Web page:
So Father's Day card shopping is doubly hard, because I have to find a card that fits the relationship I have with my Dad despite the miles that separate us and long periods of time when I don't and haven't seen him, AND find a card for Rob that shows my appreciation for everything he's done for me and our family and captures that relationship, which is not exactly father-daughter but something different, and equally good. And then there's the sad fact that I really want to give them cards with "grandpa" in them, because I think they are both going to make terrific grandfathers. How lucky my FutureBaby is, to have not two but FOUR grandfathers! (Bryce also has a fabulous Dad and a terrific stepfather.) I am sad that I haven't been able to do that yet.
I am sad that I have to breeze over the Father's Day cards for your husband, or the Expectant Father cards. I am sad that this day is a sad day for the Dads out there who are fathers in spirit but not quite there yet in physicality. I am sad that there isn't quite as much sensitivity to the fact that guys might have a hard time on a Father's Day with no baby, just as I have a hard time with Mother's Day. Bryce told me the other day, "Well, it's different. I'm supposed to just get over it. It's not a big deal, it's stupid if I take time for me on Father's Day." Well, I think it IS a big deal. Bryce mourns all of our losses and disappointments right there with me, because they are not MY losses and MY cycles, but OURS. Just because he doesn't physically go through the pain of miscarriage or needles or the guilt of feeling that you've failed in providing a good home for your embryos, doesn't mean that he's not hurting emotionally at not being able to make that experience work, either and watching me go through all the physical pieces. That can't be easy, to watch the woman you love experience all this pain and feel like you have to be strong for her so much so that you push your own pain aside. It's our pain. And now, for a period in our cycle, Bryce is the most important player. He is providing half the genetic material where I cannot. He is the star of the show (until I get those embryos back in the landing pad...I'm such a diva). He always downplays his role in all this, because let's face it--biologically, fathers have one thing that they need to do to make a baby happen. But DADS, Dads stick around and support the pregnant wife/partner and raise those beautiful babies in partnership. Bryce is going to be a kickass Dad. Bryce will have his own rituals with our children, his own love of cheesy B-movies and the woods of Maine and woodworking (maybe not the wine so much at first...) to share with our children. He will create new experiences for our kids and be there for them, because he doesn't have a really cool job with really shitty side effects on family. He will be the giver of hugs, the killer of spiders (sorry, honey, just can't do it), the co-conspirator on wacky science projects. He will introduce our kids to geocaching. He will encourage them in whatever they want to do, secretly crossing his fingers that his genes will dominate and we won't have highly athletic children. Holy moly, we will both have a lot of adjusting to do if our kids aren't nerdy band-camp bookworms like us.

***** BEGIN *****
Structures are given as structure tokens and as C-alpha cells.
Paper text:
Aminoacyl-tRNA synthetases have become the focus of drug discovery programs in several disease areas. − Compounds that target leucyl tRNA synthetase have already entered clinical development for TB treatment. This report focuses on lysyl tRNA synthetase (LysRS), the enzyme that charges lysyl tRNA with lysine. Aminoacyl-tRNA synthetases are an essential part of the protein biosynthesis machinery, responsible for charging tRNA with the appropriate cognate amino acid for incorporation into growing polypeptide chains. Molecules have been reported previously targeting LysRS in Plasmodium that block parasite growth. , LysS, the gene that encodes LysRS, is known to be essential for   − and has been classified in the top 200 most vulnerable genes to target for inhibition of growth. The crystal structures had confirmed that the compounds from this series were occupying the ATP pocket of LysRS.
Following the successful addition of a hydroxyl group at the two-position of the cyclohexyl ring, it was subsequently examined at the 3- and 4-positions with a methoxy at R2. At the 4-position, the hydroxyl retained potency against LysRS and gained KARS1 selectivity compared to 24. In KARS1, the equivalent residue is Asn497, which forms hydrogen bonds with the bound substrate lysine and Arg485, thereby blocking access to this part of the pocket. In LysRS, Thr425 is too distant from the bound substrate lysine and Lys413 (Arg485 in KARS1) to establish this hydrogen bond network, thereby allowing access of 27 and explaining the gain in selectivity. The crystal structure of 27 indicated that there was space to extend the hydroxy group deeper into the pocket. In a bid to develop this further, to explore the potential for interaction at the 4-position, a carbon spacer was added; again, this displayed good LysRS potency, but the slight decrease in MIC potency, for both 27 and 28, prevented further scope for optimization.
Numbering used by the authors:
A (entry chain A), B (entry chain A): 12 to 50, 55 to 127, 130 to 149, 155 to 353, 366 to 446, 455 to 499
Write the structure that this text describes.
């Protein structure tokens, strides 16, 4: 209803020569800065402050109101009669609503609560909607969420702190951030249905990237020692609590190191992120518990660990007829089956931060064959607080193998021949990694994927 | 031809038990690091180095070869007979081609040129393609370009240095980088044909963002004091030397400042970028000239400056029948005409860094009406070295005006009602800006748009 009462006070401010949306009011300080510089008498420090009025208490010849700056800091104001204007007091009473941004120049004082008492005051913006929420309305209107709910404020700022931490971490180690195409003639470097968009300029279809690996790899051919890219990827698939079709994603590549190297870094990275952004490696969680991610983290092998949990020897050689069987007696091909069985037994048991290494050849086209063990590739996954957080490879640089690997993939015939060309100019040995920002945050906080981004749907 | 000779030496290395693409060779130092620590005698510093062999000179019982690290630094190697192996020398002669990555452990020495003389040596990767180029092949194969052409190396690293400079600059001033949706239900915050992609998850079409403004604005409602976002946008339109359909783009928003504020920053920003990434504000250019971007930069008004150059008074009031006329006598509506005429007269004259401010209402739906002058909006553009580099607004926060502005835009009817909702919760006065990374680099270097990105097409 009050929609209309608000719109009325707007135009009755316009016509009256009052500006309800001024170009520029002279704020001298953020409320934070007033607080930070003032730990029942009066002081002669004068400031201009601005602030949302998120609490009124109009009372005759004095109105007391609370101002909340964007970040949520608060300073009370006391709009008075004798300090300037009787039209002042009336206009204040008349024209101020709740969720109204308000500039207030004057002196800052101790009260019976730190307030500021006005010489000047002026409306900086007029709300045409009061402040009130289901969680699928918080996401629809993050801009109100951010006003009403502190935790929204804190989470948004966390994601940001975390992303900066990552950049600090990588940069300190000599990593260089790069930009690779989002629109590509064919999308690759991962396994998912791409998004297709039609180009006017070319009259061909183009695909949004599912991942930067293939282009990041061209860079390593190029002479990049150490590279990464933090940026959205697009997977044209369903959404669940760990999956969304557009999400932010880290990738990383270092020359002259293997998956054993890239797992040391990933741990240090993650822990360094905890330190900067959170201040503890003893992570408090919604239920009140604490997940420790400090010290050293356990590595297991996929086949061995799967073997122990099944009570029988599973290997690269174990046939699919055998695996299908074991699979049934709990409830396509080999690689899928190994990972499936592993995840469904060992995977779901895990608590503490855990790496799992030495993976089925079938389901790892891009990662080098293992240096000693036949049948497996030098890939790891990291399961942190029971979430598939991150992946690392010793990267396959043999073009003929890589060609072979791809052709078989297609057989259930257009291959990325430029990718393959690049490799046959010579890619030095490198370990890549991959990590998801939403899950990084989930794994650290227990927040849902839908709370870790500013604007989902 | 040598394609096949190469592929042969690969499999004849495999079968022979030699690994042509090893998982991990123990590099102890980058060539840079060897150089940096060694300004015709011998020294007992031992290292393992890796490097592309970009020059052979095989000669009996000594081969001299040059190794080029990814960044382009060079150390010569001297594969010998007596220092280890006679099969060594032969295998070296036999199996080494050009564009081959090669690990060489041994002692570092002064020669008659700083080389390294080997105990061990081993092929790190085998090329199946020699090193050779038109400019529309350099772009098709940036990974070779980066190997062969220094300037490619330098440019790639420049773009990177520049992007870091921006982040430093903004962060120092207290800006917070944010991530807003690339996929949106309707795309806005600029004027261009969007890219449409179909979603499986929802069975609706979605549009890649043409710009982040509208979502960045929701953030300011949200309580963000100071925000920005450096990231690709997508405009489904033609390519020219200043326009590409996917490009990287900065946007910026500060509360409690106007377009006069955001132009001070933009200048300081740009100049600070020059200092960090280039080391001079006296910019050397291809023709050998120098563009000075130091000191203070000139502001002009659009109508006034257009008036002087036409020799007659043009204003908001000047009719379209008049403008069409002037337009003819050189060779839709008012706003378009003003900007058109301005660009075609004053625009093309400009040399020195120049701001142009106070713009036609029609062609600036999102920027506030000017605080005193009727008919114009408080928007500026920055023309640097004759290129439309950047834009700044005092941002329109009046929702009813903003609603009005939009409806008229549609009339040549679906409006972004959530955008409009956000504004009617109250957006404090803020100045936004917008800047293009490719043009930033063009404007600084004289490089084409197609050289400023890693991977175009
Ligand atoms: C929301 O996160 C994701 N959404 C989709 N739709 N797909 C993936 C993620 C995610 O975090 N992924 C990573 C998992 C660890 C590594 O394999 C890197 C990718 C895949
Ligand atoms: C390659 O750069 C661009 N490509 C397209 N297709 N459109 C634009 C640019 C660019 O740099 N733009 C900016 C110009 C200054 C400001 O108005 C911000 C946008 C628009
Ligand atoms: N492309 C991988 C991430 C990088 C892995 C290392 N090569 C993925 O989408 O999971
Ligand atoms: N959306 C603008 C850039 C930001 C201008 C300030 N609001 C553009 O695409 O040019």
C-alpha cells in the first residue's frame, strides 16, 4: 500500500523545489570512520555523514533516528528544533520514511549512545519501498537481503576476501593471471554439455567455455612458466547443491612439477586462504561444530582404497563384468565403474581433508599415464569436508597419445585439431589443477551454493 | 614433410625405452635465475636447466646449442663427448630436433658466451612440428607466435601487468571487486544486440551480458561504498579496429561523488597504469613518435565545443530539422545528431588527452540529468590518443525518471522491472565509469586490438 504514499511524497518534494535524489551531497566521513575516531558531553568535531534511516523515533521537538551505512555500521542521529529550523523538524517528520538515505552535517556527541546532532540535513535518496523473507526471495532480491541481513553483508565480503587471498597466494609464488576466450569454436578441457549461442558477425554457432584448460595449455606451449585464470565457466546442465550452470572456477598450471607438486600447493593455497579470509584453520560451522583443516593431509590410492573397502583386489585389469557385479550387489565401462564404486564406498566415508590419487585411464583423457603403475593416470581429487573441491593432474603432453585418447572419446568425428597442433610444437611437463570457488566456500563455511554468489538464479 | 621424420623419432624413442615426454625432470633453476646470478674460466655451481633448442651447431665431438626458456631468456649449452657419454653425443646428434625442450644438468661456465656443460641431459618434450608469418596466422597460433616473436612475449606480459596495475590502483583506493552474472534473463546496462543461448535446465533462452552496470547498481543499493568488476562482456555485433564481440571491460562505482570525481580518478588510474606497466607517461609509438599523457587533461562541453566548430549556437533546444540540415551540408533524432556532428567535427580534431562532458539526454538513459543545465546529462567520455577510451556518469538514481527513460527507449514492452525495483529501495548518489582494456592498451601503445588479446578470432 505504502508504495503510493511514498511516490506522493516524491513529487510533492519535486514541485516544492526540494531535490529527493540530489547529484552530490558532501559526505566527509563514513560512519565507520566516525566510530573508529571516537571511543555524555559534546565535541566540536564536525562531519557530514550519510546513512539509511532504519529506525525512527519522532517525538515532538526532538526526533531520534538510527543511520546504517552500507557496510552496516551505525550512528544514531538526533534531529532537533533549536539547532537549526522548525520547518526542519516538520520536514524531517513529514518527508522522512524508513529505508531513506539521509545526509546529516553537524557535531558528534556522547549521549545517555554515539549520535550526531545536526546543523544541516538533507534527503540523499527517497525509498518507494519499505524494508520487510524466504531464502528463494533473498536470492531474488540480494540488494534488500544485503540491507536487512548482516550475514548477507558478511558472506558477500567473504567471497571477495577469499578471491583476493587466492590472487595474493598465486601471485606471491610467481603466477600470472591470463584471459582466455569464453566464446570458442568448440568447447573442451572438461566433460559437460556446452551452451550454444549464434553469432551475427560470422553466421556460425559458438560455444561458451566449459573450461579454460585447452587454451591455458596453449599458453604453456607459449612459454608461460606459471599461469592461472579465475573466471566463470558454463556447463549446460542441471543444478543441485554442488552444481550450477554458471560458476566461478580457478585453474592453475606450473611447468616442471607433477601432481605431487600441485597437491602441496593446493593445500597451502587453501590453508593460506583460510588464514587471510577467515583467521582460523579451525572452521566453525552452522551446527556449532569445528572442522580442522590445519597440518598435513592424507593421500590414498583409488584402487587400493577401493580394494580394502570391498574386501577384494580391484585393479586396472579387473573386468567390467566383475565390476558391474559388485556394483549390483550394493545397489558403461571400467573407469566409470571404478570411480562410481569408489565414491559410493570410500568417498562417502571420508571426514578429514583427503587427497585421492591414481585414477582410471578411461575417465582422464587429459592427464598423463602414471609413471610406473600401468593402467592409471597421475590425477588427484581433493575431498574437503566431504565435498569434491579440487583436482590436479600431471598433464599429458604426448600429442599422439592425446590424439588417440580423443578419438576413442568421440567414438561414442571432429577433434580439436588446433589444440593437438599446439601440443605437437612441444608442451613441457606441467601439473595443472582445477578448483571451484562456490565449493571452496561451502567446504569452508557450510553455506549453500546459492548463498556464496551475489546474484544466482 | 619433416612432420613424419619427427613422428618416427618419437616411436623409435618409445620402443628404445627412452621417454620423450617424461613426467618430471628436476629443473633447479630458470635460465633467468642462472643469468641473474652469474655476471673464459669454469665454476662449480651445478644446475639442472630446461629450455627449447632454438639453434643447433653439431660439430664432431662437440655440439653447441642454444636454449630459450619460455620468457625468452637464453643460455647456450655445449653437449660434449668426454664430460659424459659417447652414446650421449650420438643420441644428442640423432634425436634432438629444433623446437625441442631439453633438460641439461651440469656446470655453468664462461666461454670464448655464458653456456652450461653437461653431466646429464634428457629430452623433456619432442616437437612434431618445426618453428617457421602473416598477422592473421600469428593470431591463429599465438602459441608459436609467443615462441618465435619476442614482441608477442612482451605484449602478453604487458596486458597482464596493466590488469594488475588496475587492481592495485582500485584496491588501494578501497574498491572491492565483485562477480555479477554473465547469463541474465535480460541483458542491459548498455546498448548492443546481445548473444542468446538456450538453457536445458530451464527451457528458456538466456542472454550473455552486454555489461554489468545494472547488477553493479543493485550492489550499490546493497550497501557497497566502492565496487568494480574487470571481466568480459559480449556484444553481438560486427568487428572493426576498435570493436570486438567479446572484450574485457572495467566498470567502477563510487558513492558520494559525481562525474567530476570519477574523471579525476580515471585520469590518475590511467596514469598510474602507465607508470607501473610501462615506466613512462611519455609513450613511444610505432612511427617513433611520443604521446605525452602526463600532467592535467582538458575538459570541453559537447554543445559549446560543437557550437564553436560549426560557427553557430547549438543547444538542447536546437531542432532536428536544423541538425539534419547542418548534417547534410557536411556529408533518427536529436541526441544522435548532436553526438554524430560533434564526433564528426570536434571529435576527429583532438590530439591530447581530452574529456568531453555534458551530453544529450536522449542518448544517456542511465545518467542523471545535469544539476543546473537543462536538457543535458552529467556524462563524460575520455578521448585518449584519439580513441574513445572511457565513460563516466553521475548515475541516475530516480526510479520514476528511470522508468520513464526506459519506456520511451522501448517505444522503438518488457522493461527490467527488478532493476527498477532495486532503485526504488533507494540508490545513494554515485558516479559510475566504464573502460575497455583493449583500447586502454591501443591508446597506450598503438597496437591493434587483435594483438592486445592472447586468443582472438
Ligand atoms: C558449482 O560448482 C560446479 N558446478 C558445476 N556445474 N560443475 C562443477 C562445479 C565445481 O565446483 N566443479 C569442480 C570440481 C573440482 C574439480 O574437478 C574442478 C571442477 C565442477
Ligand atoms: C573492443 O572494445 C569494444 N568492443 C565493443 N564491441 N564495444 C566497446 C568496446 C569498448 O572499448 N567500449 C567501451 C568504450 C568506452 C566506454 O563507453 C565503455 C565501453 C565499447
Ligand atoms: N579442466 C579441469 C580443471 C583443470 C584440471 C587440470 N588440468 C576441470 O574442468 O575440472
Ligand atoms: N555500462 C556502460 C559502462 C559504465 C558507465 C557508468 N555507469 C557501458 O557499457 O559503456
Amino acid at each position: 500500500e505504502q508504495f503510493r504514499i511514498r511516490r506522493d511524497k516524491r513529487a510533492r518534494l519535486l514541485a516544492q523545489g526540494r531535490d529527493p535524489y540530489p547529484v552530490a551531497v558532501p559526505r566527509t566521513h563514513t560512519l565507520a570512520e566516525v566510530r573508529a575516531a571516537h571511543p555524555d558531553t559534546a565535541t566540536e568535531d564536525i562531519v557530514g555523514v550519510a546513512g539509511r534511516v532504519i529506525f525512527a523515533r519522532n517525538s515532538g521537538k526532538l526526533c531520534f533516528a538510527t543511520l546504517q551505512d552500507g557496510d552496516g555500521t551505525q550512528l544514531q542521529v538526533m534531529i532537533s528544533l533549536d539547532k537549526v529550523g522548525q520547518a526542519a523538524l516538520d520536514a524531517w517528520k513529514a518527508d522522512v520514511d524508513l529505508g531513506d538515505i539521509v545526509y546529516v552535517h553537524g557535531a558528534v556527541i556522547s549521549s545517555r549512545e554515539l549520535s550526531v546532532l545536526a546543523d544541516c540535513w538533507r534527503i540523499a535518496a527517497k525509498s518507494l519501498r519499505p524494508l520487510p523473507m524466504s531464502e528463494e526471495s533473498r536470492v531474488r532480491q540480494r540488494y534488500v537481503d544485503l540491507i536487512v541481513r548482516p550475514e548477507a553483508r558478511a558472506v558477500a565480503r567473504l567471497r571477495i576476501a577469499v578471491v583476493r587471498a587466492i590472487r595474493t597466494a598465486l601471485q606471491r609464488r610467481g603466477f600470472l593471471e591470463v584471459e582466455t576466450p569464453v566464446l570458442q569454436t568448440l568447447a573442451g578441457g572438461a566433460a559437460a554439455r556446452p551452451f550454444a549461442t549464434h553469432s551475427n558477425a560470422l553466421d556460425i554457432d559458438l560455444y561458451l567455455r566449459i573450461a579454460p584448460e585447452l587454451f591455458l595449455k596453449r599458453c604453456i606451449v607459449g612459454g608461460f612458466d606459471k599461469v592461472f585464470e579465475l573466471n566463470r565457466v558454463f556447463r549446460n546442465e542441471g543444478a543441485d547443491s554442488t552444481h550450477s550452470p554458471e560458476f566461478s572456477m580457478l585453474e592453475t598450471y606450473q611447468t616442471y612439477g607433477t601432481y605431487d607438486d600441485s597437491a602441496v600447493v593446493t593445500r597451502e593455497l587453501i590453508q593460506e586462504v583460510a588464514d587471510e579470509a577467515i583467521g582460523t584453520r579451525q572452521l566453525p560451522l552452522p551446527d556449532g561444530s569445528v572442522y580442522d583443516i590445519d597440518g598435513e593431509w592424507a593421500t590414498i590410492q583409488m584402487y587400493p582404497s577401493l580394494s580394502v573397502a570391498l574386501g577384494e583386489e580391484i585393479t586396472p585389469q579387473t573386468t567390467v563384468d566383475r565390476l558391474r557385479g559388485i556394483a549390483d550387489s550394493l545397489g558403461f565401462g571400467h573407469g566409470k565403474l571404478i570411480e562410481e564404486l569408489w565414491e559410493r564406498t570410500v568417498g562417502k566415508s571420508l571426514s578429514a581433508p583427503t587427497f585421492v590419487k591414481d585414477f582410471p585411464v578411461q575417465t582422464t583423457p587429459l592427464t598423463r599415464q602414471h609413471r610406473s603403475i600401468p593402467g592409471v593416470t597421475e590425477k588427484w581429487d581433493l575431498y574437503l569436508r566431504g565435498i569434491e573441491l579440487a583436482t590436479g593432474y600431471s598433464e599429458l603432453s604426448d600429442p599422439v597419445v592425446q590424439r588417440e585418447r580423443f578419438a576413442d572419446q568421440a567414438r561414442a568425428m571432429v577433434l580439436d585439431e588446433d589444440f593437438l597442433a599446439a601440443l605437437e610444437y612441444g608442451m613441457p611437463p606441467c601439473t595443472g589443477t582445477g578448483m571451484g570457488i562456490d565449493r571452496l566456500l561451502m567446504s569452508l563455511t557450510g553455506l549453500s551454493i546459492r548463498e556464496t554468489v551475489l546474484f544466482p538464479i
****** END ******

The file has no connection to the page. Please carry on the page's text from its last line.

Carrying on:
So, Happy Father's Day--to all the Fathers out there. The Dads who wanted to be there but couldn't and made every meager minute count exponentially, the Stepfathers who had to carve a special place in the family for themselves and succeeded in creating relationships of mutual respect and friendship, the husbands who aren't quite fathers yet but desperately long to be and feel muffled and unable to express this deep pain for fear of not being that pillar of strength--the husbands who one day will make the BEST fathers ever, recreating the best memories of the past and forging a new path into a family structure and tradition of their own. Happy Father's Day to you, Bryce--my love, my hopefully-soon-to-be expectant Daddy. You're going be fabulous.